Saying goodbye to cheap oil forever?
London, June 22:
It was a question of when not if for oil traders yesterday as the price of a barrel of crude threatened to burst through the $60 a barrel barrier for the first time.
The cost of oil has jumped some 11 per cent in a week to a new peak of $59.52 on Monday, as dealers have become concerned that strong global demand for energy could not be met, even with the cooperation of the Opec producers’ cartel.
“The market is so close to $60 it is almost bound to touch it,’’ said analysts at consultancy Refco. “Prices look too high fundamentally, but we have to recognise even a minor supply glitch or hint of one will drive prices higher.’’
Opec’s president said this week that he would begin consultations with other ministers from the oil cartel on Friday to release an additional 500,000 barrels a day of Opec crude if oil prices remain high.
The promise had little effect on the markets, however, with analysts remaining unconvinced that OPEC has the capacity to ratchet up supply. Instead, dealers are concerned about a lack of refining capacity in the United States, where a new facility has not been built for more than 30 years, the kidnapping of workers in Nigeria and the long-term implications of the jailing of Russian oil magnate Mikhail Khodorkovsky for output from his company, Yukos.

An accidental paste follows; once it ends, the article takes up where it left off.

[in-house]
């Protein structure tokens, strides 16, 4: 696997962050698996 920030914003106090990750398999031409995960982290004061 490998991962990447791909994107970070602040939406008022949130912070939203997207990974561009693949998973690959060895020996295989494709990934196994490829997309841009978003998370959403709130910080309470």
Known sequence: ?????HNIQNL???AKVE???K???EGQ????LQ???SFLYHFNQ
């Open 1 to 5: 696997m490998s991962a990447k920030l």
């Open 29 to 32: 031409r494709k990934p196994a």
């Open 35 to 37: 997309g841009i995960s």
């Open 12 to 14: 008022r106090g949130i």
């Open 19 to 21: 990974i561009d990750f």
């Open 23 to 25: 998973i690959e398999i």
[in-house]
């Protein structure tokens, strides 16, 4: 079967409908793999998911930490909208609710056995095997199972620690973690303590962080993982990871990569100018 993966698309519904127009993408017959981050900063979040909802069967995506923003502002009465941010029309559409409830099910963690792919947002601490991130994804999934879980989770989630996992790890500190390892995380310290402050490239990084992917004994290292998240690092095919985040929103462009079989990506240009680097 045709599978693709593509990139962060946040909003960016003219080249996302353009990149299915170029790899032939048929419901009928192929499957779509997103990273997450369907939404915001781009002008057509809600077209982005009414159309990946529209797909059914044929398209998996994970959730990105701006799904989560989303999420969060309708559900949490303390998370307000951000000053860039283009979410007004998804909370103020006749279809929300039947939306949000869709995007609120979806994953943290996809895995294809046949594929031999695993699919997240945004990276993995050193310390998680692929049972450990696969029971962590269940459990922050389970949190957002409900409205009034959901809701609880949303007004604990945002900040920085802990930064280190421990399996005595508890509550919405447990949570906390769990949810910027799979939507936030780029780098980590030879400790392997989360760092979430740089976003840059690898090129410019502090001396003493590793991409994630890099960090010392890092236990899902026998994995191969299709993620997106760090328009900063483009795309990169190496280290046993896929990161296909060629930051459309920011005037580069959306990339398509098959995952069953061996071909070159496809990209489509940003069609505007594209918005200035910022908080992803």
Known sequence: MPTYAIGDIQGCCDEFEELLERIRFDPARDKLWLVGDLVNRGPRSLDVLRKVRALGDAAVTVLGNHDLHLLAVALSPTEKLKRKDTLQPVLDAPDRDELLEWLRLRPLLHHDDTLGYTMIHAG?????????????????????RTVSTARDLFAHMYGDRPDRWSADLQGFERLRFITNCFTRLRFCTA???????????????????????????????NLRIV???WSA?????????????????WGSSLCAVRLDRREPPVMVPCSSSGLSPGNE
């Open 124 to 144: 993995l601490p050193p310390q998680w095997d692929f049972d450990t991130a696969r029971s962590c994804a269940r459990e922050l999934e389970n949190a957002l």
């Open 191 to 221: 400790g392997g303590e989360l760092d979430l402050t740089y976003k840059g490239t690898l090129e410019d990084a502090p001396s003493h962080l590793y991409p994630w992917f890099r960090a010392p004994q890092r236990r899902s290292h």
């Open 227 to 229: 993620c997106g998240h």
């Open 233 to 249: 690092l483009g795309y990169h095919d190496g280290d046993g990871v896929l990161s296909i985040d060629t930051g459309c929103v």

Analysts are now openly considering the prospect that high oil prices are here to stay. There are, however, some reasons for optimism as far as the impact on the world economy is concerned, however.
The first is that in real terms, adjusted for inflation, the oil price is lower than it was
when the Iran-Iraq war began in 1980. The second is that de-industrialisation and the expansion of service sectors have made western economies less dependent on petrochemicals than they were during the oil shocks of the 1970s which led to deep global recessions; the amount of oil used per unit of output has fallen by more than half.
Paradoxically, the final reason why higher oil prices may be less of a factor than in the past is that the lion’s share of the price paid at the pump by motorists is accounted for by tax, in Europe at least. It takes a very hefty increase in the cost of crude to have a real bearing on the price paid by drivers.
That is not to say it will not have an impact at all. Ray Holloway, of the UK’s Petrol Retailers’ Association, said the current problem was as much to do with a shortage of refining capacity in the US as the most recent surge in crude prices.
But either way, petrol was about to set new records at the pumps in Britain.